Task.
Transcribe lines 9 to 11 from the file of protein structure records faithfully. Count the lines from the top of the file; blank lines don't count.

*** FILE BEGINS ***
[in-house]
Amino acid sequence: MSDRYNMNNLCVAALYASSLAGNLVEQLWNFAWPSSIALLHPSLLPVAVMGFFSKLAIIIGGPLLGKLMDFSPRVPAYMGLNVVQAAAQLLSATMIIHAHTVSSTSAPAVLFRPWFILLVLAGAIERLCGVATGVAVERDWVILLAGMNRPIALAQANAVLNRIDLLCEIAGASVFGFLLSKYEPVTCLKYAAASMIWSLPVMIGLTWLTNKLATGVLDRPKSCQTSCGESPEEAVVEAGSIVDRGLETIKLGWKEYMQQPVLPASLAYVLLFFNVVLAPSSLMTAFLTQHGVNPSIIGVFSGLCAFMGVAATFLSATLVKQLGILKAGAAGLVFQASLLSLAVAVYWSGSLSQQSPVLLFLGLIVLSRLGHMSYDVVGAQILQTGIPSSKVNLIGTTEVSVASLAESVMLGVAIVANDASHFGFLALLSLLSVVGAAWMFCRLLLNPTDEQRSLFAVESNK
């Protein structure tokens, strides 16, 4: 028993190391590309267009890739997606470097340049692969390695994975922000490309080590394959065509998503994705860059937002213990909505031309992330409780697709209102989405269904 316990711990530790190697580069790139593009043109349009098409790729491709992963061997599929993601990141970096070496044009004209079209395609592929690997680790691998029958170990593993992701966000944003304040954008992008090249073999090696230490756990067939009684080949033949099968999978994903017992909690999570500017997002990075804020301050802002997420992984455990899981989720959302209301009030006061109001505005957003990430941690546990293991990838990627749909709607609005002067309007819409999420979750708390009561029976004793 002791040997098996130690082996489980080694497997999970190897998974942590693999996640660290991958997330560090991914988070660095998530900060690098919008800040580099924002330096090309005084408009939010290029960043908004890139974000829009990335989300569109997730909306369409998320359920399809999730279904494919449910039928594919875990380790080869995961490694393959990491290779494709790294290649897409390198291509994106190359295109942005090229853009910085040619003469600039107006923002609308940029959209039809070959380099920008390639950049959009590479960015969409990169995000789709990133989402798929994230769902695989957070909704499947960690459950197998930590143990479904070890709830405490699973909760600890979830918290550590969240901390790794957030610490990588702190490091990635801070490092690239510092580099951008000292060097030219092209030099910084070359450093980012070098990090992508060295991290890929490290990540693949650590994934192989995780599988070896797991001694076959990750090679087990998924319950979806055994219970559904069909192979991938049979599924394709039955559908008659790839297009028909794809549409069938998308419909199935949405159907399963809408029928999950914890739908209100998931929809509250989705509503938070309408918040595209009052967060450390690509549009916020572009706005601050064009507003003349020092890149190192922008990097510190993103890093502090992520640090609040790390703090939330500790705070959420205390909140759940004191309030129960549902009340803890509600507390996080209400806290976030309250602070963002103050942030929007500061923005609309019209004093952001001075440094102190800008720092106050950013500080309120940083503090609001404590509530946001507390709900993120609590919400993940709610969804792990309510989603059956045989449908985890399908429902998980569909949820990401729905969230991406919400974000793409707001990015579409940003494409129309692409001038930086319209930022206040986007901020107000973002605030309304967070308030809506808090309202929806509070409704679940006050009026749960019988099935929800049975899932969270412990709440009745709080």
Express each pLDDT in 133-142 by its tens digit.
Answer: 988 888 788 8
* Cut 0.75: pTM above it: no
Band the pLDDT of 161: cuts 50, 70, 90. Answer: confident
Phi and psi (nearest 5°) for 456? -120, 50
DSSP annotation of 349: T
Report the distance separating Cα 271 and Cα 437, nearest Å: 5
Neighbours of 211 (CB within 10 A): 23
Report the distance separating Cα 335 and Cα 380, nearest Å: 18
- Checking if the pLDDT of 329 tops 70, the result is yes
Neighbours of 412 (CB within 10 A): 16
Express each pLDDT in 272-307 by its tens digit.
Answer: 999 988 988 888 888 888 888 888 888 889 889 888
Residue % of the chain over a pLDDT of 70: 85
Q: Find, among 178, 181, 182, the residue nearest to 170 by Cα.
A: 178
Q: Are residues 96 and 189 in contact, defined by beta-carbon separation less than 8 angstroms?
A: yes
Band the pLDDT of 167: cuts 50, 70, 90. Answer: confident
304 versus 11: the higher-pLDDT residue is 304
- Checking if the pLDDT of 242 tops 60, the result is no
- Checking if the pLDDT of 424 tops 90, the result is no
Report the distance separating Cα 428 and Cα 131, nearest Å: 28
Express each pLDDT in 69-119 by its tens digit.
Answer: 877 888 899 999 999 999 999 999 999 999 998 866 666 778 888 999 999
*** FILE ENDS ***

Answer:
DSSP annotation of 349: T
Report the distance separating Cα 271 and Cα 437, nearest Å: 5
Neighbours of 211 (CB within 10 A): 23